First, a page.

LET THE SIGNER BE­WARE

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owned the copy­right in th­ese works as the au­thor thereof. Whit­ney Hous­ton did not write or own the rights in the mu­sic she per­formed. At the time of her un­timely pass­ing in 2012, her es­tate was ru­moured to be in dire straits: $20m in the neg­a­tive.

The above rep­re­sents only some of the ma­jor is­sues an artist should con­sider when there is a pro­posed record­ing deal on the ta­ble.

The ef­fects of a writ­ten agree­ment may be long-last­ing — long enough to ef­fect an en­tire record­ing ca­reer and be­yond. Artists should also bear in mind that record la­bels de­pend on find­ing and cul­ti­vat­ing fu­ture stars al­most as much as they do on main­tain­ing suc­cess­ful agree­ments with ex­ist­ing, signed stars. Prof­its gen­er­ated from suc­cess­ful acts are of­ten spent in the pro­mo­tion and devel­op­ment of new tal­ent. Arista Records, the first la­bel to sign Whit­ney Hous­ton in 1983, an­nounced an in­crease in gross an­nual prof­its from $35m (when sign­ing Whit­ney) to $400m in the nineties, largely due to this star’s suc­cess. This un­der­lines how im­por­tant a com­mer­cially suc­cess­ful act can be to a record com­pany.

The bot­tom line is that artists and record la­bels are in­ter­de­pen­dent on each other. If a la­bel is not in­ter­ested in en­gag­ing in earnest and mean­ing- ful ne­go­ti­a­tions with an artist in or­der to ad­dress the con­cerns of both par­ties con­cerned, the artist would be well ad­vised to head for the door, rather than reach­ing for the pen.

Record­ing com­pa­nies have adapted their busi­ness mod­els in the wake of the dig­i­tal and on­line revo­lu­tion and the ram­pant ef­fect that mu­sic piracy has on le­git­i­mate record sales. Nowa­days they seek to gain a more com­pre­hen­sive com­mer­cial in­vest­ment in an artist far be­yond a tra­di­tional record­ing con­tract.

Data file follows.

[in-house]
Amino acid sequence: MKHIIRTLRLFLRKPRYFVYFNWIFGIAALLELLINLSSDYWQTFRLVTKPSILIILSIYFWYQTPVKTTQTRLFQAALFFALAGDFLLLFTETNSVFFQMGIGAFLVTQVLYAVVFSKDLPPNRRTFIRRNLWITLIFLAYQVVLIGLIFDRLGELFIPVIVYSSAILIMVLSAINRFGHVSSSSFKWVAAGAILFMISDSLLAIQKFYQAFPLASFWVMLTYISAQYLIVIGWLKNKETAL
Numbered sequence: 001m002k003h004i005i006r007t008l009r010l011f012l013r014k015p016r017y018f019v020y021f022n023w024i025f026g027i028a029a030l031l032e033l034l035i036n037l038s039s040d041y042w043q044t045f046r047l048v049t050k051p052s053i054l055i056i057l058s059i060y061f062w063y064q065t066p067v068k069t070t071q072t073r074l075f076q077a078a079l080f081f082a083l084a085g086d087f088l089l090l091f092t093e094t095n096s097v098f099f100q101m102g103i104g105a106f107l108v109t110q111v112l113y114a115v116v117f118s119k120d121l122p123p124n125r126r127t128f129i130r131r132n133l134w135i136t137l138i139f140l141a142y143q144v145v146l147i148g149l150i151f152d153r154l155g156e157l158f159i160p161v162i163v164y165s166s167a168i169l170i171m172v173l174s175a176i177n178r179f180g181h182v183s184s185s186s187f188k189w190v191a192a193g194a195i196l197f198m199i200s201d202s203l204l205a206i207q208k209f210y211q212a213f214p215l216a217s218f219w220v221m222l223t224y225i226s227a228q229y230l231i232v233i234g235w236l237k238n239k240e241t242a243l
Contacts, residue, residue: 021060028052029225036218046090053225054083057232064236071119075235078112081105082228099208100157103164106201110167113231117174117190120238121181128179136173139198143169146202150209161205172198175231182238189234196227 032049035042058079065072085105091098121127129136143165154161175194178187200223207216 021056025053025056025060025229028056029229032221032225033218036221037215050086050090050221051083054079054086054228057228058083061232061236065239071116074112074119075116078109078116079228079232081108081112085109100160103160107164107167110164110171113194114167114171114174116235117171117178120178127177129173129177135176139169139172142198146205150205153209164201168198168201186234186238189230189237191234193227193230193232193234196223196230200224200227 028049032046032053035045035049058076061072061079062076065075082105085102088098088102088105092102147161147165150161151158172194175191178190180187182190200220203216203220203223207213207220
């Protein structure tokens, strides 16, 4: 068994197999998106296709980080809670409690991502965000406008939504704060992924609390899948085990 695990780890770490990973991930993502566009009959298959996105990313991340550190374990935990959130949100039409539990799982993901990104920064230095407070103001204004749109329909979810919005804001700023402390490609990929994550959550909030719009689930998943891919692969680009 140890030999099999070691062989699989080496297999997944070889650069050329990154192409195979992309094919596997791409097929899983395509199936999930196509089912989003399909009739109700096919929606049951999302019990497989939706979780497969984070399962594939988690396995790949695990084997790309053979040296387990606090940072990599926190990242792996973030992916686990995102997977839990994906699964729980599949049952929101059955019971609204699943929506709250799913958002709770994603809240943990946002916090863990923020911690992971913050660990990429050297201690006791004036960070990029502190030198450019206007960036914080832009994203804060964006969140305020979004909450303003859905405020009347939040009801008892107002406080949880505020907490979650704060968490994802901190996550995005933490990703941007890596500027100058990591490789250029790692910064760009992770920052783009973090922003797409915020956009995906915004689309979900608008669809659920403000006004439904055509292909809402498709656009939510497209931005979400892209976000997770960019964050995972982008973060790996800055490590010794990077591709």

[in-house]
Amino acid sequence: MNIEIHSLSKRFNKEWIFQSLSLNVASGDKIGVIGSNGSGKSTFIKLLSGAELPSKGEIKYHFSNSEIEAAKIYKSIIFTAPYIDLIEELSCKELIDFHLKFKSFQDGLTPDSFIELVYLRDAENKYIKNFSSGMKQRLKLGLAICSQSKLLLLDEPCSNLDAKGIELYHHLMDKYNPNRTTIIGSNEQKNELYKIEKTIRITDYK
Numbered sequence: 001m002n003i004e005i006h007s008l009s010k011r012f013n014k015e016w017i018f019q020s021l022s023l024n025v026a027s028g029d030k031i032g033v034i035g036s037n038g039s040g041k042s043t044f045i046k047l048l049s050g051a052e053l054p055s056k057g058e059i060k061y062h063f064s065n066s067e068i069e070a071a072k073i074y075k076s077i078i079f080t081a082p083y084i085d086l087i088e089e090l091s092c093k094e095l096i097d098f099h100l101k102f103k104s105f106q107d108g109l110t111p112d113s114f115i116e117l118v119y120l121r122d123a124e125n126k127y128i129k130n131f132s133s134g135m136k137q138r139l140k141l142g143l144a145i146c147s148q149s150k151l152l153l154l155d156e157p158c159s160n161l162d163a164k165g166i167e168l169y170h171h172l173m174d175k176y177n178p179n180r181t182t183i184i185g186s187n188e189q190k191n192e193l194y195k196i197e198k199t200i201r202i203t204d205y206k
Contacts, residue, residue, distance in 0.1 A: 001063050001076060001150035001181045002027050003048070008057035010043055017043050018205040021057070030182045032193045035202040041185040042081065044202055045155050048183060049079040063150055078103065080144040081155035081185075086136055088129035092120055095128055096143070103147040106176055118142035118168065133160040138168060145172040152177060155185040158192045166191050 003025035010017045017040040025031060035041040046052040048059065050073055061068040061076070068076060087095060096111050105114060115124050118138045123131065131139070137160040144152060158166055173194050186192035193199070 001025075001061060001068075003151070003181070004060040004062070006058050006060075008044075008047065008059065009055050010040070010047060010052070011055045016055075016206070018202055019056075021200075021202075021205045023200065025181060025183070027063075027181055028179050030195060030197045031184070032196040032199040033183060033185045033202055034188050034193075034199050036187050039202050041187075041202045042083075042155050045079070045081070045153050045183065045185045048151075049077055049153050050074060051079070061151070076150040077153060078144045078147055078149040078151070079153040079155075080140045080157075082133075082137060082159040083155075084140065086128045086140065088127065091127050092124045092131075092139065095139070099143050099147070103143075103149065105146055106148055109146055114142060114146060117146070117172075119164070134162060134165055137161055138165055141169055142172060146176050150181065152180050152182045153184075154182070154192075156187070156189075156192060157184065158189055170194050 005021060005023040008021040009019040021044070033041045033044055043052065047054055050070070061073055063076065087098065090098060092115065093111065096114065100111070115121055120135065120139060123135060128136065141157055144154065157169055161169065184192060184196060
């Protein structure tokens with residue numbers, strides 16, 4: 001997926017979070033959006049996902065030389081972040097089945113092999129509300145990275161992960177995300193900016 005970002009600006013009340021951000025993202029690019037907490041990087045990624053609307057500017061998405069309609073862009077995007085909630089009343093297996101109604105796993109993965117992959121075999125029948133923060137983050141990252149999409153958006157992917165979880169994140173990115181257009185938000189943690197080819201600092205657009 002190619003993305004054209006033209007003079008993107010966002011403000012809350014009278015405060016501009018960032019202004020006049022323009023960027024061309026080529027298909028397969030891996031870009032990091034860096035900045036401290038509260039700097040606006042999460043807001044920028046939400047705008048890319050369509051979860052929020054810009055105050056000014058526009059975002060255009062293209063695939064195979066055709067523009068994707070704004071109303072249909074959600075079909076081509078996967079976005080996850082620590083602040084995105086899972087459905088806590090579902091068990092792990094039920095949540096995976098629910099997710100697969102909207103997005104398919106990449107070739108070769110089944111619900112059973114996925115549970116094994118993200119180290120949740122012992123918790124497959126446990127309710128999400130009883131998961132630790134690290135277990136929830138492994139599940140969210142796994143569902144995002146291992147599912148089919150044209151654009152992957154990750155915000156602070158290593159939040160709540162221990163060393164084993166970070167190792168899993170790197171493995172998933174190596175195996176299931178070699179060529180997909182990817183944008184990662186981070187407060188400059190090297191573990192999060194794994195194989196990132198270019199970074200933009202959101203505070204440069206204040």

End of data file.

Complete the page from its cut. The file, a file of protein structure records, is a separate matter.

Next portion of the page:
Artists should also adapt their busi­ness mod­els and ed­u­cate them­selves on their rights and po­ten­tial rev­enue streams. Seek­ing ad­vice in this re­gard from in­dus­try ex­perts and IP lawyers is a good place to start — be­fore pen­ning any deal.

A well ne­go­ti­ated record deal with a ma­jor record­ing com­pany can el­e­vate an artist to the high­est lev­els of com­mer­cial suc­cess as a ma­jor stu­dio re­mains a jug­ger­naut of the mu­sic in­dus­try with the fi­nan­cial, mar­ket­ing and strate­gic means and know-how to es­tab­lish and main­tain a star in a very com­pet­i­tive in­dus­try.

For some artists, how­ever, a deal with a ma­jor may not be as im­por­tant as a deal with an in­de­pen­dent record la­bel which could al­low for more cre­ative con­trol and IP own­er­ship.

Record­ing com­pa­nies … seek to gain a more com­pre­hen­sive com­mer­cial in­vest­ment in an artist far be­yond a tra­di­tional record­ing con­tract Record la­bels seek to ac­quire the right to ex­ploit orig­i­nal mu­sic com­mer­cially for the du­ra­tion of the copy­right therein

Pic­ture: THINKSTOCK

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